NOAA Signs New Cooperative Agreement with EUMETSAT

NOAA Signs New Cooperative Agreement with EUMETSAT

NOAA and its European counterpart, EUMETSAT, signed a new agreement this week extending their cooperative activities in weather, ocean, and climate observations.

The European Organisation for the Exploitation of Meteorological Satellites (EUMETSAT) and NOAA have worked together for decades, beginning with each providing backup geostationary weather satellite capabilities for the other in the 1980s.   The cooperation grew closer in the late 1990s with the decision to operate an integrated polar-orbiting weather satellite constellation.  NOAA, DOD and EUMETSAT each provide one satellite.  The three satellites are in complementary orbits (early morning, mid-morning, and afternoon) to enable the more precise forecasts available today.  NOAA and EUMETSAT also cooperate in the JASON series of ocean altimetry satellites.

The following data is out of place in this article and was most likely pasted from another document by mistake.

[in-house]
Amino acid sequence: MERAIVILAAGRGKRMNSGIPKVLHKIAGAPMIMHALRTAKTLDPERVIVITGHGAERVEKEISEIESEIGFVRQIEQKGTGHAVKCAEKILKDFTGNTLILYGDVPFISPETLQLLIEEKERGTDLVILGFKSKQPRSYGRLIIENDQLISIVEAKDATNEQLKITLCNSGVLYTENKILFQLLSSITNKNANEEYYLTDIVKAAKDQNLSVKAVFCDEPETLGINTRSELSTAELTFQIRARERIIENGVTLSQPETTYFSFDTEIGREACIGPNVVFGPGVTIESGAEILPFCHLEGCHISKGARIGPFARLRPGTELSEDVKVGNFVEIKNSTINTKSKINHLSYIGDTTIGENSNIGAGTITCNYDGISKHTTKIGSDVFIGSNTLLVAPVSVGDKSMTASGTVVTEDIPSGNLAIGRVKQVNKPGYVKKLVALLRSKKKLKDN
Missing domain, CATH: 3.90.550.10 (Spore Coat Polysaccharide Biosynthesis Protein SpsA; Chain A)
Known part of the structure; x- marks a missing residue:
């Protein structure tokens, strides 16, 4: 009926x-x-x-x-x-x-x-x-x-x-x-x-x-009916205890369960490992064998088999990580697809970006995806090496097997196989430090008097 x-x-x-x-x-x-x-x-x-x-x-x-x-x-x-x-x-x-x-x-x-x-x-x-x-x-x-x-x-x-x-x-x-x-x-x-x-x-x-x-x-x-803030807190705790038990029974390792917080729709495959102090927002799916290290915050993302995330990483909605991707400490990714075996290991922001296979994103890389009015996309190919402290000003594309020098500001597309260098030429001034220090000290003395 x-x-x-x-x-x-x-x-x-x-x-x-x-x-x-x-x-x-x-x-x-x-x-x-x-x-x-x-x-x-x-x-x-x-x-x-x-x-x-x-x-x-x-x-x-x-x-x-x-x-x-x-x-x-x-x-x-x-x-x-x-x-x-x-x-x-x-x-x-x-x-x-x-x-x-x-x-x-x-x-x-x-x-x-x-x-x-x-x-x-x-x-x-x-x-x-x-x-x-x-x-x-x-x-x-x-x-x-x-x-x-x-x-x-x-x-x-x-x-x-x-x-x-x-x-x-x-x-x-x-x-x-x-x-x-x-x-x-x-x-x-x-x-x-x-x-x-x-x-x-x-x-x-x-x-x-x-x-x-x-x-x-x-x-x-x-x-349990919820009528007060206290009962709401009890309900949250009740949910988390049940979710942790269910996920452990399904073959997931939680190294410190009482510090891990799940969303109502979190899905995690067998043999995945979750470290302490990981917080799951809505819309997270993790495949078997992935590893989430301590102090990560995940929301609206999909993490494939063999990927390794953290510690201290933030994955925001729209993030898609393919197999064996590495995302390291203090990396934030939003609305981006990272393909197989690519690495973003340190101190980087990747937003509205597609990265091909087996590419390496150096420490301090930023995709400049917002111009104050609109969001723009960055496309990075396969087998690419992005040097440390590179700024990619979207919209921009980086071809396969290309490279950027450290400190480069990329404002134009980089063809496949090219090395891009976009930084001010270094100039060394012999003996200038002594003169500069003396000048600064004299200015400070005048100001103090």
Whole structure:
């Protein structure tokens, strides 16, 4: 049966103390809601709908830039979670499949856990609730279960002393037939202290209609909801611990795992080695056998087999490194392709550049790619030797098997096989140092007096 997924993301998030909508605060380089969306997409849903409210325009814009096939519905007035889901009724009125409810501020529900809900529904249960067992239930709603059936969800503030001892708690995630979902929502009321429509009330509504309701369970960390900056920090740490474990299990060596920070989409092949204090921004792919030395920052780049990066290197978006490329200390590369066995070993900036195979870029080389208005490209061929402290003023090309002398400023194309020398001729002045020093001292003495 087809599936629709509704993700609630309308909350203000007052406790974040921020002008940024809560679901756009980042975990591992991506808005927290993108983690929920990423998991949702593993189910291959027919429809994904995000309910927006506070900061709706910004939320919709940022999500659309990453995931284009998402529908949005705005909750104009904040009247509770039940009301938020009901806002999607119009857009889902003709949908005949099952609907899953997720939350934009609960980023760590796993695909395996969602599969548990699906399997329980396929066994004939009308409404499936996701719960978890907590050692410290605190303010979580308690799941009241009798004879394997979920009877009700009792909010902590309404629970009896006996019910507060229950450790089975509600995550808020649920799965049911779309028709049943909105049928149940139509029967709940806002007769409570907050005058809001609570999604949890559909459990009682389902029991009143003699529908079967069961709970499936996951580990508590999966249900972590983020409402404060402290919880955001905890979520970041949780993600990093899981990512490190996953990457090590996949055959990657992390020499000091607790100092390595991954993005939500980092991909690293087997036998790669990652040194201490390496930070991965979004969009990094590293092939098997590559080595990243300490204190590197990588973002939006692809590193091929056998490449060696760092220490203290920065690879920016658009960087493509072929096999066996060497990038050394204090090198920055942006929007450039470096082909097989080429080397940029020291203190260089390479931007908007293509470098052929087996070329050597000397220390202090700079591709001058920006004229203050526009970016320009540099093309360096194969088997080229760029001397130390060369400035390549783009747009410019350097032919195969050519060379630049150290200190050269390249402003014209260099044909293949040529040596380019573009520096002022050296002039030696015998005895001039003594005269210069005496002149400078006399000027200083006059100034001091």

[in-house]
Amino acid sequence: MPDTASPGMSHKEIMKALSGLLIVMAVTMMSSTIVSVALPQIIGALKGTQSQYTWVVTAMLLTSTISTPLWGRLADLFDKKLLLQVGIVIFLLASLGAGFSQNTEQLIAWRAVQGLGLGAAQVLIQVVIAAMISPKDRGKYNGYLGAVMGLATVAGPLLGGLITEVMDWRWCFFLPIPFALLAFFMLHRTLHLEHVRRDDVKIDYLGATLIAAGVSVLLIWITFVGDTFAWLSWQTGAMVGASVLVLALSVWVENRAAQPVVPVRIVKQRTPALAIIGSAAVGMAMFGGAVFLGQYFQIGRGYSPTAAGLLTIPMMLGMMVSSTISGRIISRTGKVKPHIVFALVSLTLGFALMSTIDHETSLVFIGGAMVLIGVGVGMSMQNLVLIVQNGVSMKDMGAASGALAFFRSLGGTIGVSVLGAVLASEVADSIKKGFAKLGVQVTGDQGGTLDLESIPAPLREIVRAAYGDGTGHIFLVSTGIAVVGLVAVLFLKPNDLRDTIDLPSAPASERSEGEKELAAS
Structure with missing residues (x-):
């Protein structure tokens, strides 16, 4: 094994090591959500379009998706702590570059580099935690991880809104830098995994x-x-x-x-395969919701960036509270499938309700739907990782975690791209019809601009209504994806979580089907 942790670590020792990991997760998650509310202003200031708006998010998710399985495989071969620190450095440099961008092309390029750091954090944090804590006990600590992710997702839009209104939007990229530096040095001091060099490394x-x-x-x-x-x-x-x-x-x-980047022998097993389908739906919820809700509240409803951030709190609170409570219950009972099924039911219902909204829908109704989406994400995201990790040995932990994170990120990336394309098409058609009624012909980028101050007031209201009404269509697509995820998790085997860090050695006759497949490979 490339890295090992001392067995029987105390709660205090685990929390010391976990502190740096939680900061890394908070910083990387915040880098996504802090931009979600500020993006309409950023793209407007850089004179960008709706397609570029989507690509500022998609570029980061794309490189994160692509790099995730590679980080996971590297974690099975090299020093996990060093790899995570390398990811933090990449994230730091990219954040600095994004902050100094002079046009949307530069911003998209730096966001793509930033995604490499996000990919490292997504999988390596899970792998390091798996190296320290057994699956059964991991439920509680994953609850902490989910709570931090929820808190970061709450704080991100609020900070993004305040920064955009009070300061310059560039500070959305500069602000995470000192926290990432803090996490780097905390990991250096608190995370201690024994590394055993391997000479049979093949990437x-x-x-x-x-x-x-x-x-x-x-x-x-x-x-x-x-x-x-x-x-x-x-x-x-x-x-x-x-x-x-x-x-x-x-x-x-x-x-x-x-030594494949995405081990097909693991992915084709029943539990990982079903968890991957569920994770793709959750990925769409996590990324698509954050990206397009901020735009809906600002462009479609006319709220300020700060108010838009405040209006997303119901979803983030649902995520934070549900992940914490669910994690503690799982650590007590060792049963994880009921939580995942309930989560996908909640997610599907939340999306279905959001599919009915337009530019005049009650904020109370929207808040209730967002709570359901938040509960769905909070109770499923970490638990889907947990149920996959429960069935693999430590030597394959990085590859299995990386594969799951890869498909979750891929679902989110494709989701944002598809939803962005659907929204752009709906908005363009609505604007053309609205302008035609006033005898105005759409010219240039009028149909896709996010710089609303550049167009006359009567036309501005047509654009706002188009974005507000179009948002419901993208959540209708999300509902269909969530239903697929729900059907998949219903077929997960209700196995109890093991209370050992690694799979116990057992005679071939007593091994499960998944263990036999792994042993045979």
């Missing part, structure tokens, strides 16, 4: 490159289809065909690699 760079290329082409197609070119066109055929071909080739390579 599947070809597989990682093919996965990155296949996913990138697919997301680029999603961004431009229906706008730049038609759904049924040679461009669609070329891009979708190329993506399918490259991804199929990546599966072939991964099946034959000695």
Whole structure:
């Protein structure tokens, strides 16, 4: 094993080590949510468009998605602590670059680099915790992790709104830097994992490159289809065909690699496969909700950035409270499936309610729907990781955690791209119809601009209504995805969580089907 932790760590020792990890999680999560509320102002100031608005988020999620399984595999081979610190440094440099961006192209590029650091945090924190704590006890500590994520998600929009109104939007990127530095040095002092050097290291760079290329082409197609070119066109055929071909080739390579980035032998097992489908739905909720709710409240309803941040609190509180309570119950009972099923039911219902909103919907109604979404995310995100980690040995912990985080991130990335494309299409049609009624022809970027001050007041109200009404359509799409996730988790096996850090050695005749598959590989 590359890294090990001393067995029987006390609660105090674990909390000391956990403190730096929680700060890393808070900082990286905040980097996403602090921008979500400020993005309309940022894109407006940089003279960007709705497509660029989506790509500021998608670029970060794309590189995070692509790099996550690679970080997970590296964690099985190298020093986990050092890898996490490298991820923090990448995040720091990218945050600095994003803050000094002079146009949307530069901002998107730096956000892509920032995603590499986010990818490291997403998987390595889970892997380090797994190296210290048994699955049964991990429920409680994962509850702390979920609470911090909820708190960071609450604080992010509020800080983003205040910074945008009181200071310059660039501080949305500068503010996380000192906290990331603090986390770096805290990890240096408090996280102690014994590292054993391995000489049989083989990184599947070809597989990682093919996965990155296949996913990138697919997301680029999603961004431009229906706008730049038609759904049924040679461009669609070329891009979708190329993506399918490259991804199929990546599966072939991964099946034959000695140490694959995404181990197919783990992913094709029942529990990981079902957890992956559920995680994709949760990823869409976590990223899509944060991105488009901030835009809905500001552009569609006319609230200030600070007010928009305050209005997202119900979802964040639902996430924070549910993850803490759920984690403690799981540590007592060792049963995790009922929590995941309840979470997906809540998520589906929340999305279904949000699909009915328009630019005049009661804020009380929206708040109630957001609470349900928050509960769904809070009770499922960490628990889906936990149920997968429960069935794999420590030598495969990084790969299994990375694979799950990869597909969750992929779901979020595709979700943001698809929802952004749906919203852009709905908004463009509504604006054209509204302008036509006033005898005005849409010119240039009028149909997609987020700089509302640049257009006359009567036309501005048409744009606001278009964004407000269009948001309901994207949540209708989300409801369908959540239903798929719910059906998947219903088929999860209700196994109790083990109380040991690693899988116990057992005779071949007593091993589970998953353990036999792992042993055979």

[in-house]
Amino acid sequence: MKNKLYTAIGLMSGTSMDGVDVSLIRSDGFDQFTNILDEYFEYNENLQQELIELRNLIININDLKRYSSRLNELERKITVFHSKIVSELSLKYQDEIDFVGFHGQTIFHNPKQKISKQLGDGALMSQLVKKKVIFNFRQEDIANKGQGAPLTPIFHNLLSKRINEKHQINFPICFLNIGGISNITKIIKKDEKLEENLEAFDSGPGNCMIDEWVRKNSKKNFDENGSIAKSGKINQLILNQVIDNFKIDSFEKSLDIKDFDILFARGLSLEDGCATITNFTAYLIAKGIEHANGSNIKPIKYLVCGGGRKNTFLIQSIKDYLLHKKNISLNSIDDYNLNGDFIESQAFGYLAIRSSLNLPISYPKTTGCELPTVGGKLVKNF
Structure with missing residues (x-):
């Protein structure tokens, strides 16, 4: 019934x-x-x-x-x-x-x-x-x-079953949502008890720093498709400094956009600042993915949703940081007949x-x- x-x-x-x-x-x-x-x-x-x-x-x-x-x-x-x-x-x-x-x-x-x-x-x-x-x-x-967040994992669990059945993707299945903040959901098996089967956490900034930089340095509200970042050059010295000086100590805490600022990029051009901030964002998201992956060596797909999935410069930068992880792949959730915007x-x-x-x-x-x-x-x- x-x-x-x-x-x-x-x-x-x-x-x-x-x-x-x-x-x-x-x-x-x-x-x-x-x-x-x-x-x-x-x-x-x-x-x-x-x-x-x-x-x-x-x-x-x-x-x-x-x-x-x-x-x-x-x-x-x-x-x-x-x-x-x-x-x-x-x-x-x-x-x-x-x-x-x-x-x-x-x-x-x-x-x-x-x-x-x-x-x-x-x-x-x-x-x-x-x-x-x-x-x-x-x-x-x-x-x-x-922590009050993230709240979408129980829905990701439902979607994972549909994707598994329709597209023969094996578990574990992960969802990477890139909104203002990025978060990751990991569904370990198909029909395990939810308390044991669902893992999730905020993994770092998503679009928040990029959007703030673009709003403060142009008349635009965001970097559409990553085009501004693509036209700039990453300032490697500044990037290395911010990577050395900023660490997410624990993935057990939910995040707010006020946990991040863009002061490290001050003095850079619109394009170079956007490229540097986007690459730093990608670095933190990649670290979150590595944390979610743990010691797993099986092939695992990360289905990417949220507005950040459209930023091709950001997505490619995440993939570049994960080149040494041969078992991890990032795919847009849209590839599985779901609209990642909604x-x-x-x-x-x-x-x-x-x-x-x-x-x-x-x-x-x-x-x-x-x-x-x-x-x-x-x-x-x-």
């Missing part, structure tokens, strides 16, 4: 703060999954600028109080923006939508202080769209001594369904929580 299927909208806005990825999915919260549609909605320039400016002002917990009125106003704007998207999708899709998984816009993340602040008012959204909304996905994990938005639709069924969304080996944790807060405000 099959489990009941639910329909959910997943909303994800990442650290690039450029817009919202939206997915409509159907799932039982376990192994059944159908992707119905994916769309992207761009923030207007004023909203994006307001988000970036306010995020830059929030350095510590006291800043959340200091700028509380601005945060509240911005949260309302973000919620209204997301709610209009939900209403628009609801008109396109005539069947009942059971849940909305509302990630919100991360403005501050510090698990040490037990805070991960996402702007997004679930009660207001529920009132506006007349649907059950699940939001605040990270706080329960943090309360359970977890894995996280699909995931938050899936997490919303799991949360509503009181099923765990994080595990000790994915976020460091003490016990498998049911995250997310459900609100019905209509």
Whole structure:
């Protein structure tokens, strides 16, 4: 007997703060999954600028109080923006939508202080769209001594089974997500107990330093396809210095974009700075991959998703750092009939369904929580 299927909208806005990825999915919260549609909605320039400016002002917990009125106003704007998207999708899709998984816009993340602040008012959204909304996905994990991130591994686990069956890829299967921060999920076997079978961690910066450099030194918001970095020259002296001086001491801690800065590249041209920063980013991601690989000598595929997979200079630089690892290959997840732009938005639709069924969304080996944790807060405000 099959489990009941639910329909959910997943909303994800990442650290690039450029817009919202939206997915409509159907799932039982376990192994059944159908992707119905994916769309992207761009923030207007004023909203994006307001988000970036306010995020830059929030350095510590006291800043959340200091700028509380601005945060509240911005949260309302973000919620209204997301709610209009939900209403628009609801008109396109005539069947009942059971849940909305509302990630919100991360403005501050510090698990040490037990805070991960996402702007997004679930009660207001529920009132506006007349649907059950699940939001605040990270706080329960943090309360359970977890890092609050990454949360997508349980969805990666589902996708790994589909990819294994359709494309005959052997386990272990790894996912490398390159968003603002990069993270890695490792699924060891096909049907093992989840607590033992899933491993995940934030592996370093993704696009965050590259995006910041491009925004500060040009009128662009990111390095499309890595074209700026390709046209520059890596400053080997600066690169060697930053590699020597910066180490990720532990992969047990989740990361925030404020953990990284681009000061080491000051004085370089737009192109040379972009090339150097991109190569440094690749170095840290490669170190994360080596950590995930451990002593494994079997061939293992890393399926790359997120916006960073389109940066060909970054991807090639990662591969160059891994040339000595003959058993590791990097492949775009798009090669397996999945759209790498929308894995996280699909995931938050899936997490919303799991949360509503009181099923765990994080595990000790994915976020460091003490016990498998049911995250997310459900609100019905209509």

The agreement signed on Tuesday by acting NOAA Administrator Kathy Sullivan and EUMETSAT Director-General Alain Ratier extends that cooperation, providing “a general policy framework to enhance the Parties’ ability to plan for long-term space-based observing systems for operational meteorology and operational monitoring of the oceans, the composition of the atmosphere, and climate monitoring.”

The agreement is for “long-term” cooperation and has no set date for termination.   It became effective with the signature of both Parties and remains in effect unless terminated by either Party with not less than one-year’s notice.  No financial commitments are made by either side. 

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